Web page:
A few weeks ago*, along with 14,000 other people, we jollied along to the Salesforce World Tour London. We’d planned ahead and were pre-excited (or perhaps more properly, anticipating the experience).
We learned a *lot*. We went to a lot of sessions. We met people. A *lot* of people. And it was all good.
The plenary session
We had a moment of excitement at our twitter activity appearing on the tweet wall right at the start as the intro session segued into the ‘main event’. It only encouraged us, so we went a bit twitter mad. And found some very funny comments frm other twitterati, too.
The plenary featured a James Bond style arrival at the venue (some very creative minds in Salesforce events!) of the VP delivering the main session – which covered a lot of stuff about cloud software, market share and new products and services. If you want the juice, its best to watch it back to be honest, but there were two main non-profit highlights were that:
- Billie Laidlaw, CIO of RSPCA shared how they are starting to adopt cloud technology to support a range of their services
- Salesforce Foundation donated £200,000 to CoderDojo, an organisation offering coding schools for young people around the world – these are brilliant, do check out the site – www.coderdojo.com
And there our en-masse Purple presence broke up to follow the many tracks and options available and learn as much as possible to support our clients to use Salesforce.
Some highlights from other sessions
The biggest news for non-profits at the World Tour was the launch of NGO Connect (and Advancement Connect for higher ed). This new non-profit app is to take over from the non-profit starter pack and serve the needs of larger organisations. It’s in use already in the US, and coming to the UK and Europe in the autumn. This was really the first sneaky public peak – though Purple Vision are partners on this service and we’ve already been trained and are ready to support implementations when the time comes.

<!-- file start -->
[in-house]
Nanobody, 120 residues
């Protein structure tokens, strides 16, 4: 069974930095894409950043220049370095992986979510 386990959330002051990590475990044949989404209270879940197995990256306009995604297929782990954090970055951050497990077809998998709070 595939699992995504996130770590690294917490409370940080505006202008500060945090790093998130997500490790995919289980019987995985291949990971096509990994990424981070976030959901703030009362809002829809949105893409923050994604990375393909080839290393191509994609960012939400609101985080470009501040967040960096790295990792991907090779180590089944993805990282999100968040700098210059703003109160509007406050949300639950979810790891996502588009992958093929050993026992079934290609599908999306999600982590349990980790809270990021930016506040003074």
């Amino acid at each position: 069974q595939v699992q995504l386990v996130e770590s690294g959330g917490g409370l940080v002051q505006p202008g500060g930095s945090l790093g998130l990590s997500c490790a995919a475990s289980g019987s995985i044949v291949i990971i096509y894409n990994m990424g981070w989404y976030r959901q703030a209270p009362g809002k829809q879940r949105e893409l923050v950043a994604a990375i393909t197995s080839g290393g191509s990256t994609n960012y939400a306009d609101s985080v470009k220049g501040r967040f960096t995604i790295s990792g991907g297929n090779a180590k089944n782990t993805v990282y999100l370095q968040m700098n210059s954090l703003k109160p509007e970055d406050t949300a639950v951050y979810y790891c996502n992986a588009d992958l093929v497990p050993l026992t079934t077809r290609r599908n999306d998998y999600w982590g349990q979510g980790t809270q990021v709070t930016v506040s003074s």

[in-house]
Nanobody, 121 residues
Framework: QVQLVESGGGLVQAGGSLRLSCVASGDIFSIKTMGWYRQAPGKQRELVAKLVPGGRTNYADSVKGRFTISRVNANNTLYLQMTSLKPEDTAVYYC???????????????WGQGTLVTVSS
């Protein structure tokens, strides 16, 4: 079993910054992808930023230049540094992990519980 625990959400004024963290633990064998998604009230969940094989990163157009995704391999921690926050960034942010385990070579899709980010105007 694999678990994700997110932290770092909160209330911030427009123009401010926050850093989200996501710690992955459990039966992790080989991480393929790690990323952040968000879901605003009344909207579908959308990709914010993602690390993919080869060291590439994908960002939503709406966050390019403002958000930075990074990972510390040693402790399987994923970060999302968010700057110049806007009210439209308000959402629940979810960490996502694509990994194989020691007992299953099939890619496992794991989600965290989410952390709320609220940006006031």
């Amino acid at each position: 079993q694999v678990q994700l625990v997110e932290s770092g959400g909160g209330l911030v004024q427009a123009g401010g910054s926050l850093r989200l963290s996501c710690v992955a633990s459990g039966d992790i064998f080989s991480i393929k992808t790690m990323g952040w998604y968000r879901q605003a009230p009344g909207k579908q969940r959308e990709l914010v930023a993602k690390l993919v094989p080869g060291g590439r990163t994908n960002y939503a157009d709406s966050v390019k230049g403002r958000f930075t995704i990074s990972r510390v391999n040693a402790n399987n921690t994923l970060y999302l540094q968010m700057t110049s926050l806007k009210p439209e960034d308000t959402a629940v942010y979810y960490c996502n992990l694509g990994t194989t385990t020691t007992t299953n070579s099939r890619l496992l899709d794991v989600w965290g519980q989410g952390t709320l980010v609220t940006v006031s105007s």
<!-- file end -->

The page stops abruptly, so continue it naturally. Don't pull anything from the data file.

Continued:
The main features are around constituent management, fundraising and event management – with features for Gift Aid and Direct Debit being developed now for the UK. The events module is impressive with a graphic interface seating management option, and campaign options.
To be really honest, you couldn’t see masses in a 40 minute slot – if you are curious, check out our game changing apps flip book or ask us for a demo, we’ll be running them frequently from September and already can deliver them on demand.
Salesforce 1 Lightning
Lightning is the app builder that links with Salesforce – its quite impressive by all accounts with our technical team exclaiming over the drag and drop functionality that is on offer among other features. They’ve all bookmarked this tool to look at further, and hopefully share more in the future
Salesforce Wave – the Analytics Cloud
Wave is the new Analytics offer from Salesforce. It was impressive. The word amazing was used. The tools presented as easy to use, intuitive and flexible and showed impressive results from the data used. It was usable on any hand held device and data didn’t have to be held within Salesforce to use the tool either – a big selling point for charities with data in multiple sources.
Our take on this is that this is one to watch – we’re not yet sure how the pricing model is going to work (though of course Salesforce Foundation discounts will apply to non-profits). We’re also not sure until we’re able to play with it how much it will be able to play with classic non-profit modelling like RFV (recency, frequency, value), attrition rates, lifetime value and so on. And we know you’d want us to know that before we say more to you, so we’re checking it out.